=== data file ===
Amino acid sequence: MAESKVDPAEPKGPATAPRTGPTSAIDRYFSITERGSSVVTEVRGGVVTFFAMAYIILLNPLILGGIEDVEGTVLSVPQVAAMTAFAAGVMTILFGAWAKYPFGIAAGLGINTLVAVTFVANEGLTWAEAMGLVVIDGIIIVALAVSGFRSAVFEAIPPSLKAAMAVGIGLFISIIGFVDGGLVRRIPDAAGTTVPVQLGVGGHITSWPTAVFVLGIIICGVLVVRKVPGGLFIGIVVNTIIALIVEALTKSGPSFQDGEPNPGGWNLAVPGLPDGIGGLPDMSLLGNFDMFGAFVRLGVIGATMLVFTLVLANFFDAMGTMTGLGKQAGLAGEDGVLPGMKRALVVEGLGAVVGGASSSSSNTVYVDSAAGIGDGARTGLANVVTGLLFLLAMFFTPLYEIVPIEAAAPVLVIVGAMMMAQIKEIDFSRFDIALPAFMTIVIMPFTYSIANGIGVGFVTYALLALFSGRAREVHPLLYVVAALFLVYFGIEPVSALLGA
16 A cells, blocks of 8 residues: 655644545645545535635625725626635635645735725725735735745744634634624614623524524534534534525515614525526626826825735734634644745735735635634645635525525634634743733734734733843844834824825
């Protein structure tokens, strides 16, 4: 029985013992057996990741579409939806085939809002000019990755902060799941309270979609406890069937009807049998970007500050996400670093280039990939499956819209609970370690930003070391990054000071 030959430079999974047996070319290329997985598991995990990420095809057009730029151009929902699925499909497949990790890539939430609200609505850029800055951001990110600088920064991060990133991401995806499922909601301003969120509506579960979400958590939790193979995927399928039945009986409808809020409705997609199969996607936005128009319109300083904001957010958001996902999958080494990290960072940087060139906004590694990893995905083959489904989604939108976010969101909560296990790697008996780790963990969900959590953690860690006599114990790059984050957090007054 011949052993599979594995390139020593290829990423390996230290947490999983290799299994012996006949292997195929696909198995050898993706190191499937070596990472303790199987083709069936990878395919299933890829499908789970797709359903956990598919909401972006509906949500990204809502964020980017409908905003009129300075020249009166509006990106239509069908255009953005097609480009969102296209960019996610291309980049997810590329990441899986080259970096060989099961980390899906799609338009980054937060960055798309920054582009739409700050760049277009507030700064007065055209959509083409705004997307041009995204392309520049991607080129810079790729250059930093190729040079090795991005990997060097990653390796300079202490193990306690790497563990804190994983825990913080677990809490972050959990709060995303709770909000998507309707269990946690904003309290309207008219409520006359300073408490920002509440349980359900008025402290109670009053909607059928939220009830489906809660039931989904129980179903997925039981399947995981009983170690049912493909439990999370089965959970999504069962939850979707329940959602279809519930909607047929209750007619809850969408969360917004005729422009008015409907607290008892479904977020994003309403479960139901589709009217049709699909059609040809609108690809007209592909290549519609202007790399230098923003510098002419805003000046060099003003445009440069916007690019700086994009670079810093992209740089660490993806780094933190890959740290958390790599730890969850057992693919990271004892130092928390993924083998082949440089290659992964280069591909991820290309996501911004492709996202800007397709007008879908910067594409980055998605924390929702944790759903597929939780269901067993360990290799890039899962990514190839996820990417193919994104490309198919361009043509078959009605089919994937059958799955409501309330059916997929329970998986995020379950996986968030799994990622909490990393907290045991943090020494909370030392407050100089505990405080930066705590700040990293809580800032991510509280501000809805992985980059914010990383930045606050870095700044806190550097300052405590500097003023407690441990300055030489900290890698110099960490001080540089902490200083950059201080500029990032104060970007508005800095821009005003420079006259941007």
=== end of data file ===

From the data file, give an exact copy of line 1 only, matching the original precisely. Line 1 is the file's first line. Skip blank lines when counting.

Amino acid sequence: MAESKVDPAEPKGPATAPRTGPTSAIDRYFSITERGSSVVTEVRGGVVTFFAMAYIILLNPLILGGIEDVEGTVLSVPQVAAMTAFAAGVMTILFGAWAKYPFGIAAGLGINTLVAVTFVANEGLTWAEAMGLVVIDGIIIVALAVSGFRSAVFEAIPPSLKAAMAVGIGLFISIIGFVDGGLVRRIPDAAGTTVPVQLGVGGHITSWPTAVFVLGIIICGVLVVRKVPGGLFIGIVVNTIIALIVEALTKSGPSFQDGEPNPGGWNLAVPGLPDGIGGLPDMSLLGNFDMFGAFVRLGVIGATMLVFTLVLANFFDAMGTMTGLGKQAGLAGEDGVLPGMKRALVVEGLGAVVGGASSSSSNTVYVDSAAGIGDGARTGLANVVTGLLFLLAMFFTPLYEIVPIEAAAPVLVIVGAMMMAQIKEIDFSRFDIALPAFMTIVIMPFTYSIANGIGVGFVTYALLALFSGRAREVHPLLYVVAALFLVYFGIEPVSALLGA